Dry Dredgers Field Trip
Saturday, April 27, 2019
Southeast Indiana
Whitewater, Liberty, Waynesville and Arnheim Formations

Photos by Bill Heimbrock
All specimens are to scale with a U.S. penny, diameter 1.9 cm or 3/4 inch.

A good turnout of members and guests

Every year or two we visit our favorite field trip site in southeastern Indiana. Our last visit was October 2017. The site is famous to the the tiny trilobite Flexicalymene retrorsa minuens in the big shale layer of the Liberty Formation. This is presumed to the be the same layer that is exposed at the Caesar Creek spillway.

Fossils Found That Day


Lots of the trilobite Flexicalymene retrorsa retrorsa and F. retrorsa minuens were found. Here are photos of some of them. While reviewing these photos, I spotted an unusual epibont encrusting the right genal area of an enrolled Flexi. Unfortunately, I don't know who found it. If it is you, check your trilobite with a microscope or high-magnification loupe. The attaching animal is a lot more rare than the common trilobite, whatever it is. (next 2 photos)

Check out this interesting underside of a prone Flexicalymene trilobite. The underside components are worth spending time examining because they are not seen as often as the top side. Look for the hypostome or mouth plate which is absent on molts and on this specimen. And what's that tiny blurry granule above the trilobite??? Why it's a very tiny enrolled trilobite! See the second photo for a close-up.

Usually on this particular site we usually find our Flexicalymene trilobites prone or enrolled. Less common are the partially enrolled ones, such as the one below.

Here's a perfect prone Flexicalymene trilobite. The first photo is the top side which was carefully extracted from the shale with all the dirt intact. Prone trilobites are fragile and should be prepared sparingly or not at all onsite. The second photo shows the underside of the trilobite. You can tell a bit more that it's a nice specimen.

The other common trilobite found was Isotelus sp. This first photo is a relatively complete pygidium (tail).

The next two fragments of Isotelus sp. are from the underside of the trilobite and are probably both from the cephalon.

This next one is interesting because on the fragment of Isotelus sp. is a glabella of a Flexicalymene sp. trilobite.


No crinoid calyxes were found and not very many crinoid stems were shown to me to photograph. But someone found a holdfast of a crinoid attached to another crinoid stem. The next 2 photos are of the same specimen.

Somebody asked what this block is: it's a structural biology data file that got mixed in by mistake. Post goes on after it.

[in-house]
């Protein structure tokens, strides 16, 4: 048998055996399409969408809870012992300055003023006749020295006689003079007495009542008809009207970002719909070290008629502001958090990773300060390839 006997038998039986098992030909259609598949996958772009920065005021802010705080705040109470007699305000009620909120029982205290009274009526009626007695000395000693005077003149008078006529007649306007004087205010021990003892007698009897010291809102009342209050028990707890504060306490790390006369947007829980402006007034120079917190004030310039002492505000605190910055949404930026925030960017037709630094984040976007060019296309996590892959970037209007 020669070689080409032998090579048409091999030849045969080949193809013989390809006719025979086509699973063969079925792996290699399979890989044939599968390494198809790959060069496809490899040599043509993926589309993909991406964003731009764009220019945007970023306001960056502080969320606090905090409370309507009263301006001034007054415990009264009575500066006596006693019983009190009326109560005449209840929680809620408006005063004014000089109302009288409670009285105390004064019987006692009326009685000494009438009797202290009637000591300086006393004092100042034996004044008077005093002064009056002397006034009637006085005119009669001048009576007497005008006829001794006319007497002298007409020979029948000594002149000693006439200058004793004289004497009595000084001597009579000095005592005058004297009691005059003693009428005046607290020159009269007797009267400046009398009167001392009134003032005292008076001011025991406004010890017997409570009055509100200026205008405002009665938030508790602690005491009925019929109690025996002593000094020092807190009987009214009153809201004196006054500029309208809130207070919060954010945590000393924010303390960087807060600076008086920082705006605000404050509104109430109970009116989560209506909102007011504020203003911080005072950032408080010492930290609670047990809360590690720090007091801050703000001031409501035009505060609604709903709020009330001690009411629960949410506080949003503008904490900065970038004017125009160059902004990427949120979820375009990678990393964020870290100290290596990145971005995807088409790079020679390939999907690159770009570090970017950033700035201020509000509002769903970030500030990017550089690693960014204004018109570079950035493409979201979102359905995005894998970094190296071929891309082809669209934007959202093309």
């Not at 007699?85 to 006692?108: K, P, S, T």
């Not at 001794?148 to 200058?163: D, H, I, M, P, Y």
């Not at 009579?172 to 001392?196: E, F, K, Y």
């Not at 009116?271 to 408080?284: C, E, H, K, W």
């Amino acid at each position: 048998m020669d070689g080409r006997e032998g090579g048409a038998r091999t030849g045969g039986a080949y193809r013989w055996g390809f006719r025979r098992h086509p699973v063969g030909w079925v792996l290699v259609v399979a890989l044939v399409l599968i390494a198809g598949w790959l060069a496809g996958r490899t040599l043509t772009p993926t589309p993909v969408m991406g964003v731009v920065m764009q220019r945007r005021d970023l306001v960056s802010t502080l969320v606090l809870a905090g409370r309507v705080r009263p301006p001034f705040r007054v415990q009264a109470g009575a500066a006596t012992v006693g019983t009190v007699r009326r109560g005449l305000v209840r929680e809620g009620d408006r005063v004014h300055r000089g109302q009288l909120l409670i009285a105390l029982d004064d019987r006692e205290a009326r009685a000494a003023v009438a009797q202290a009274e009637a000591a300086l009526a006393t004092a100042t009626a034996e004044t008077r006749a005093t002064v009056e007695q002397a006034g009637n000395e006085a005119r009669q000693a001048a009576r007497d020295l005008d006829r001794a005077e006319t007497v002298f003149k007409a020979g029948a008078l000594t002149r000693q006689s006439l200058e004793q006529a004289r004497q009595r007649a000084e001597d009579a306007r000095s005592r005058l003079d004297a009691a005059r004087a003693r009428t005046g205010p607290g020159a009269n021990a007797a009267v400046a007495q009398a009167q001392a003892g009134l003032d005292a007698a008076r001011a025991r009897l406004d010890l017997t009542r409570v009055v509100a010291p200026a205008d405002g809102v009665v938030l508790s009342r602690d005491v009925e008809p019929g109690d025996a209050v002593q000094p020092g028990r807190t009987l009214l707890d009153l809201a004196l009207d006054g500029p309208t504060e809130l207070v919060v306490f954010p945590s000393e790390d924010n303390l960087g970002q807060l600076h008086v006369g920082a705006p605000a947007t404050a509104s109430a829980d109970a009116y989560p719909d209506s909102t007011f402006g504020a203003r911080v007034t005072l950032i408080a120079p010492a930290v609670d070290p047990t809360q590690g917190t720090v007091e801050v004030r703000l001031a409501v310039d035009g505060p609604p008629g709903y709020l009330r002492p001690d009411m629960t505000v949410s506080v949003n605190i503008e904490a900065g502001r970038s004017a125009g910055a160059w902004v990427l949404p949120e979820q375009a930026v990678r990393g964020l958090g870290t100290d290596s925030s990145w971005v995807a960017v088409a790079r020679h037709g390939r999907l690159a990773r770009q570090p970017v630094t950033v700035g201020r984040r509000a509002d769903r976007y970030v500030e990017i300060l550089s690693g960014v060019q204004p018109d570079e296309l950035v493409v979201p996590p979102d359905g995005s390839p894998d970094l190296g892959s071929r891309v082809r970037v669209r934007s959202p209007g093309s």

Nautiloid Cephalopods

This is the only nautiloid specimen shown to me. It's an internal mold of a cephalopod. Note the infills of the individual chambers and at the bottom is a bit of the siphuncle showing.


Here's a really nice big colony of tabulate coral. (next 2 pics)

Another specimen of a colonial coral found that day.

Although the most common coral we found was horn coral, a solitary coral.

Snails and Monoplacophorans

These two beauties are a monoplacophoran named Phragmolites dyeri.

These next two are internal molds. Perhaps a Cyclonema sp..

Here are two Cyclonema with the shell still preserved. Nice preservation.

This one is Paupospira sp.  

Here's a fragment of Sinuites sp.


Here art the three sides of an internal mold of a clam similar Modiolopsis sp. (next 3 pics).


Hebertella sp.

The Hebertella on the left is particularly interesting because it has an unusually deep sulcus.

Eochenetes clarksvillensis

Lepidcyclus perlamellosum

Strophomena sp.

Zygospira sp.

Vinlandostrophia clarksvillensis

Glyptorthis insculpta

Plaesiomys subquadratus

In the picture below, the left brachiopod is a valve of Plaesiomys subquadratus. On the right is a valve of Glyptorthis insculpta.

Rhynchotrema dentatum

Strophonema sp.


Alas, a lone bryozoan. Just kidding. They ruled the site.

That's all for this field trip. Now let's see our May 2019 field trip to a huge Kope, Fairview and Bellevue site in Northeastern KY.

See previous field trips to this Southeast Indiana fossil mecca.

October 2017
March 2016
March 2015
March 2014
April 2013
April 2012
May 2011

March 2010

September 2008

September 2007
September 2006
March 2006

March 2004

October 2003

April 2002


Back to the Field Trip Index Page

Return to Dry Dredgers Home Page

The Dry Dredgers and individual contributors reserve the rights to all information, images, and content presented here. Permission to reproduce in any fashion, must be requested in writing to admin@drydredgers.org.
www.drydredgers.org is designed and maintained by Bill Heimbrock.